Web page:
By contrast, UConn did not fall into the three point abyss in the championship game.  Yes, they shot a horrible percentage from the field, but the shots they did make were largely on drives and short jumpers.  It was to their advantage; Butler could not score inside and was unable to close the gap with three point shooting.  UConn won by double digits, and they didn’t have anyone on their roster as good on the blocks as the Morris twins or Macklin.   The big name schools still have a huge edge over the mid majors is in the paint; even the best mid major schools have to go with somebody like Butler’s Matt Howard: 6-foot 9-ish, looks good against 6-6 guys but can’t do much against taller defenders.  Almost every significant player in the tournament standing 6-10 or taller was from a BCS conference school, and the majority of the starting centers in the NBA who went to college went to BCS schools.  You get the occasional Chris Kaman or Andrew Bogut who stars at a smaller school and goes to NBA success, but that’s largely by accident, not design.  A school like UNC, on the other hand, If they refuse to use their obvious advantage down low, we’re bound to see even more upsets in the future.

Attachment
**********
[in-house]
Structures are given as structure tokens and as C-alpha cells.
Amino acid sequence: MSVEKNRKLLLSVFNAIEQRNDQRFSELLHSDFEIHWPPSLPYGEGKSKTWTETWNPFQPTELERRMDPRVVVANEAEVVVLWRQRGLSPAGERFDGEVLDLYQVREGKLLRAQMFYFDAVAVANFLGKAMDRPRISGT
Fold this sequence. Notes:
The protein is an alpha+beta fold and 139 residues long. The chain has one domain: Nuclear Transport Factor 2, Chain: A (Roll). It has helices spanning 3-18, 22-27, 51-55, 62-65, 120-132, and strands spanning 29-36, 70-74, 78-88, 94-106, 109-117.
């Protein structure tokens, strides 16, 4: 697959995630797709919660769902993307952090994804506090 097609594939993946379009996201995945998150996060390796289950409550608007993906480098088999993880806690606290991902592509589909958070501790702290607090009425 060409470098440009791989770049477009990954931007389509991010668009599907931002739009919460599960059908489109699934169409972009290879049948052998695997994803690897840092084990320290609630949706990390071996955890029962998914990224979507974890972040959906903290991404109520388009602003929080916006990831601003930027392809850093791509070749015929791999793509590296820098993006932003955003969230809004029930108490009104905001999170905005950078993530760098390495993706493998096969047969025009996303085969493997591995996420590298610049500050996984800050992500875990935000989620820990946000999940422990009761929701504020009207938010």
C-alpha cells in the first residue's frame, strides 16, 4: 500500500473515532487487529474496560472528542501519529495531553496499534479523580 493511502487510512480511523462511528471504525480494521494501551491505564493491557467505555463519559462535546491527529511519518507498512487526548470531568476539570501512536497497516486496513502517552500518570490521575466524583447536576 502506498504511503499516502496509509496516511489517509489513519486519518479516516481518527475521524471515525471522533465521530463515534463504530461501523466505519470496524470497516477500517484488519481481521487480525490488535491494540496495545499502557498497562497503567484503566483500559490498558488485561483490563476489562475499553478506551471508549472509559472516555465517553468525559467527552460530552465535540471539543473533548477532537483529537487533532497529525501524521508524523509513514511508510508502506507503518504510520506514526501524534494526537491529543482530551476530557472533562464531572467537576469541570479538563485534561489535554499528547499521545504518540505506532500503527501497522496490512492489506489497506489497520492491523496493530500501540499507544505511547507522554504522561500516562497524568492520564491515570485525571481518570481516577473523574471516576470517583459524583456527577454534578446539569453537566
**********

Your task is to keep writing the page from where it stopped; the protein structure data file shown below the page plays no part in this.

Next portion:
So what am I getting at here?  Here it is.  We’ve been told that the mid-major programs have caught up to the big schools, that the gap has been closed, etc.  It hasn’t.  Yes, Butler, VCU, and George Mason  have made deep runs into the tournament.  And yes, they did beat big time programs along the way.  But each time there was an easy explanation behind the run.  On their way to the Final Four in 2006, Mason beat a UNC team that had lost six major players from its 2005 title team and a UConn team that was still rebuilding from losing its own championship nucleus from 2004.  When they faced a fully stocked Florida team in the national semifinal, complete with NBA-caliber big men Joakim Noah and Al Horford, their goose was cooked.  Butler and VCU vanquished superior teams that made stupid tactical errors in crunch time, but each one fell in turn when they faced an opponent that stuck with their game plan and didn’t get brain cramps when it mattered.  Yes, the lower and middle tiers of the BCS schools aren’t what they used to be but the top tier still rules the roost, provided they stick to the script.  The field isn’t really even if the mid major schools have to rely on gimmicks (volume shooting from three point land) and oppositional ineptitude (like the kind Kansas and Florida displayed) to get victories.   Until a mid major school can come out with two NBA-caliber big men at one time, and another off the bench, then it’s still David vs. Goliath.  Don’t get it twisted.